The quality of flora in the Dutch countryside deteriorated in the period 2000-2007. Vegetation such as brambles, catch weed, creeping thistles and stinging nettles have increased and displaced other plants.
Creeping thistle, bramble and stinging nettle now common
The prevalence of tall forbs, such as creeping thistle, catch weed, bramble and common nettle, is increasing. These species are occurring more and more in natural landscape elements, such as dikes and wooded banks, and in agricultural areas. In the period 2004-2007 the share of tall forbs in the countryside was 8 percent higher on average than in 2000-2003. Bramble blackberry showed the largest increase: 31 percent. Creeping thistle and common stinging nettle rose by 19 and 6 percent respectively.
Tall forbs are plants that grow quite high, and thrive on nitrogen-rich soil. One of their characteristics is that they displace other vegetation species. The increase in tall forbs is an indication that the quality of flora in the countryside is deteriorating.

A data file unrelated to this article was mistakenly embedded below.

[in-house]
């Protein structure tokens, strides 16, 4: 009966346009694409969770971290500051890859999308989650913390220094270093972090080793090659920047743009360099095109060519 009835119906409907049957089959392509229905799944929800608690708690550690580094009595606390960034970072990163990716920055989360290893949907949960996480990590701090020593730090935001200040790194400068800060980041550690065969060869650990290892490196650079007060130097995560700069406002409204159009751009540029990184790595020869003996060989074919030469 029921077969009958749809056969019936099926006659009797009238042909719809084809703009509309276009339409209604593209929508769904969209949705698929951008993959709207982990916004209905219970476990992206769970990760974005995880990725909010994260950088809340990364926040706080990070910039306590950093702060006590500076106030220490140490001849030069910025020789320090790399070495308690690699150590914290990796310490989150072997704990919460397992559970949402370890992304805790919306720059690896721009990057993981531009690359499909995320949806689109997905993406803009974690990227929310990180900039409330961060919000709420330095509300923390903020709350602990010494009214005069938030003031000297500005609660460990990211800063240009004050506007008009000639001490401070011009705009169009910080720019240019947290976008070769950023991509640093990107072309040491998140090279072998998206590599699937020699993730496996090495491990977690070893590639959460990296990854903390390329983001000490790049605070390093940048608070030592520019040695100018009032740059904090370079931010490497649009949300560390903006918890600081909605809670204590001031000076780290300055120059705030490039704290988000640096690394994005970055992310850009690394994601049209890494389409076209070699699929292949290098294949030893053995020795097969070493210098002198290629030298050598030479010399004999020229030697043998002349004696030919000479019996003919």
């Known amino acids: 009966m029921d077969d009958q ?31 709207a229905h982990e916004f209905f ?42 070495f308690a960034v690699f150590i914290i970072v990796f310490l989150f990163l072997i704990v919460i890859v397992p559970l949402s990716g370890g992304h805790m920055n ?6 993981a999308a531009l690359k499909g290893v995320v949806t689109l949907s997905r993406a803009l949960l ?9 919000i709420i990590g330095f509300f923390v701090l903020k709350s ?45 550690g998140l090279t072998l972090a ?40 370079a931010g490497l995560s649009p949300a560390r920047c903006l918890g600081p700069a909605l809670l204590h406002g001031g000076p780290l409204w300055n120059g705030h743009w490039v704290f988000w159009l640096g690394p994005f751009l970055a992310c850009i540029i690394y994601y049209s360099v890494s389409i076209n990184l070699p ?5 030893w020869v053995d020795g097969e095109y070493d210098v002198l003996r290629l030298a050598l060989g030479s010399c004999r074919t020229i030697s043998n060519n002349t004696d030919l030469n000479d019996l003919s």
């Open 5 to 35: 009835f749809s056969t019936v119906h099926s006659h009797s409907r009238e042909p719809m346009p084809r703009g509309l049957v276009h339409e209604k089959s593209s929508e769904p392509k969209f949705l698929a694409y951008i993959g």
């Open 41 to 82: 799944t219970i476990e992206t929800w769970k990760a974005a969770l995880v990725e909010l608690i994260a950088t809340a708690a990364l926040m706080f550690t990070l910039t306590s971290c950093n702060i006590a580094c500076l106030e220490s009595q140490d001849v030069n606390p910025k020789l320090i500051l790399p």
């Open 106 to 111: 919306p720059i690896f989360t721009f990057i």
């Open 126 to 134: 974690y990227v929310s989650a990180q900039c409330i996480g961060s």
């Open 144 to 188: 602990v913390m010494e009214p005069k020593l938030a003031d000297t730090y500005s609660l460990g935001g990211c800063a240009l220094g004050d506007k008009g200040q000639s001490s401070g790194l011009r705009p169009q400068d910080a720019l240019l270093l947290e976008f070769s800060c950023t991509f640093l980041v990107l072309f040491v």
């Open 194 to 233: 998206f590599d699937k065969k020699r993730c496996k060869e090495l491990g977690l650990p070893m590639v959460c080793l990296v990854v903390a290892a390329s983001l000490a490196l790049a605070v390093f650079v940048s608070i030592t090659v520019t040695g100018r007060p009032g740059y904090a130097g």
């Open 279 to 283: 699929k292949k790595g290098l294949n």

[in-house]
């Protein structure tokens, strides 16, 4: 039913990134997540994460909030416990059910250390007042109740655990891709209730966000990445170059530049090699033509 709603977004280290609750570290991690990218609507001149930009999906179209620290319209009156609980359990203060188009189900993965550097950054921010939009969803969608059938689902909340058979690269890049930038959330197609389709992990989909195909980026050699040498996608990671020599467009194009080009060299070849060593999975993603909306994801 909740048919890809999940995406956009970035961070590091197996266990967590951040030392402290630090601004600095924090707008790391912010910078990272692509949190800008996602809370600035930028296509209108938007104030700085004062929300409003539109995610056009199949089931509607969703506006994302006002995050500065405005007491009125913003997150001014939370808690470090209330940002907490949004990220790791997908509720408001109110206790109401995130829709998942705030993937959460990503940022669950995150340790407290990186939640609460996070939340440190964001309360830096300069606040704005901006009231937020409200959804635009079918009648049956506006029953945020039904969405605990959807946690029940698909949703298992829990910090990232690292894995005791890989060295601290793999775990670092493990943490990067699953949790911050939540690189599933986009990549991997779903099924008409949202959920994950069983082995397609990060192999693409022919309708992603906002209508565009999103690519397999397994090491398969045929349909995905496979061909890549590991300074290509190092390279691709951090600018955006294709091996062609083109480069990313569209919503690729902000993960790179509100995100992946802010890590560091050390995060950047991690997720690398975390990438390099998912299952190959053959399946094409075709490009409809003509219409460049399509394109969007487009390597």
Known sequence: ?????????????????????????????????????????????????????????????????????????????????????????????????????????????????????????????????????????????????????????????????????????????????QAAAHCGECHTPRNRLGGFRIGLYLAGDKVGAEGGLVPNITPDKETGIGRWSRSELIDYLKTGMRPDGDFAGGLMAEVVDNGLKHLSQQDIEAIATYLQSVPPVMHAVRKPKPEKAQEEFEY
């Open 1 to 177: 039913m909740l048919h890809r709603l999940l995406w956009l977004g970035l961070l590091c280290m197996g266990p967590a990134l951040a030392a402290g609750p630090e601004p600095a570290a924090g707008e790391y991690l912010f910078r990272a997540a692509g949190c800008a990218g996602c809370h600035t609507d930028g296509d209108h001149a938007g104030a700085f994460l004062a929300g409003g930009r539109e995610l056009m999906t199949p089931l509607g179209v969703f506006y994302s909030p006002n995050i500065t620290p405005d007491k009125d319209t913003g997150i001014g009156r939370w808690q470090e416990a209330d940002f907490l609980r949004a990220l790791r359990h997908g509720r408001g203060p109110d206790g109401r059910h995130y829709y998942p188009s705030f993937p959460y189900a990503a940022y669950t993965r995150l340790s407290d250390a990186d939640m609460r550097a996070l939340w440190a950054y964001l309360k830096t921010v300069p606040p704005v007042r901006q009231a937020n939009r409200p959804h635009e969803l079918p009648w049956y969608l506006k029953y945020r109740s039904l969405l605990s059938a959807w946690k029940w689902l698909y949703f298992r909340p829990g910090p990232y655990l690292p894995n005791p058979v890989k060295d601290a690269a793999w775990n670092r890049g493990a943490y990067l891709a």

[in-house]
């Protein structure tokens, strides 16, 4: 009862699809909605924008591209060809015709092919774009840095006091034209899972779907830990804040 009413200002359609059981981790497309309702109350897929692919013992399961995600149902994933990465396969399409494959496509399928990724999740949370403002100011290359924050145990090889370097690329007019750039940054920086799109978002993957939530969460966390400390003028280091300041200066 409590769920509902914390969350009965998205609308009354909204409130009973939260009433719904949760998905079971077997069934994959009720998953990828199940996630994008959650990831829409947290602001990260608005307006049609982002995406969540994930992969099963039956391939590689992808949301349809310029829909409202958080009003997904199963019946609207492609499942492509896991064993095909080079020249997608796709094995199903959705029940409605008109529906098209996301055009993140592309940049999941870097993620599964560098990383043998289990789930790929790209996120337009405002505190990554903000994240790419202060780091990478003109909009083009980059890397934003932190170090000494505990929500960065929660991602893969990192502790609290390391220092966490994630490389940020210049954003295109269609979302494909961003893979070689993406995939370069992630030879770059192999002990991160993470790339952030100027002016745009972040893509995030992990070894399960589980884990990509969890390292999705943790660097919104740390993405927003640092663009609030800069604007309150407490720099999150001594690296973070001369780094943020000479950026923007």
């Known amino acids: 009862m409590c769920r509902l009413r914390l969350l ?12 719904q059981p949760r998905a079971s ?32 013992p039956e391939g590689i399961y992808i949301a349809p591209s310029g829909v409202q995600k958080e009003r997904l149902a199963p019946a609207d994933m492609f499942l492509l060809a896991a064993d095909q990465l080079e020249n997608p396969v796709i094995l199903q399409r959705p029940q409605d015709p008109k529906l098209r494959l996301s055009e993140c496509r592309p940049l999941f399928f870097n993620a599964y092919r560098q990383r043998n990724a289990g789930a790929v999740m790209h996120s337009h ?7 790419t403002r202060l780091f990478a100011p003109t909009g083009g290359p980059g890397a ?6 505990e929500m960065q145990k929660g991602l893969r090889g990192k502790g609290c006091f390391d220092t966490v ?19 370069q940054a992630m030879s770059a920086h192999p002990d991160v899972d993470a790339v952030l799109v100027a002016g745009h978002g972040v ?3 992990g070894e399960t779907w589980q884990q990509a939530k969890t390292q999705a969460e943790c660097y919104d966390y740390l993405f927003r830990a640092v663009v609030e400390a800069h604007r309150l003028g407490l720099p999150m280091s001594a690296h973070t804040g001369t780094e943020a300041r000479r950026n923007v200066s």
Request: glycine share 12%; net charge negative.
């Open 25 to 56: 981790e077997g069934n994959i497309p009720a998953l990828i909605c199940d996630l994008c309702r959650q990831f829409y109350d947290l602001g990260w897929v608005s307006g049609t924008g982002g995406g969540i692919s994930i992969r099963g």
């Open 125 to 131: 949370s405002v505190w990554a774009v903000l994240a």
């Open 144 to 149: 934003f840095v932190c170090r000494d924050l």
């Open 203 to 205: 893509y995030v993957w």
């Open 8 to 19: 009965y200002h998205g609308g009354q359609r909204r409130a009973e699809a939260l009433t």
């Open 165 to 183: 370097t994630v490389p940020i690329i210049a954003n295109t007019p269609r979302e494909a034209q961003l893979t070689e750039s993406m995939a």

Changes in tall forbs coverage in agricultural areas, 2000/2003 – 2004/2007
More tall forbs on dikes, wooded banks and ditches
Wooded banks, road verges dikes and ditches are important natural elements in the Dutch countryside. The increase in tall forbs is largest on the dikes, at 12 percent. On wooded banks the increase was 10 percent, and around ditches it was 8 percent.
Changes in tall forbs coverage by landscape element, 2000/2003 – 2004/2007
Isabel van Geloof (CBS) and Ate Dijkstra (Drenthe Province)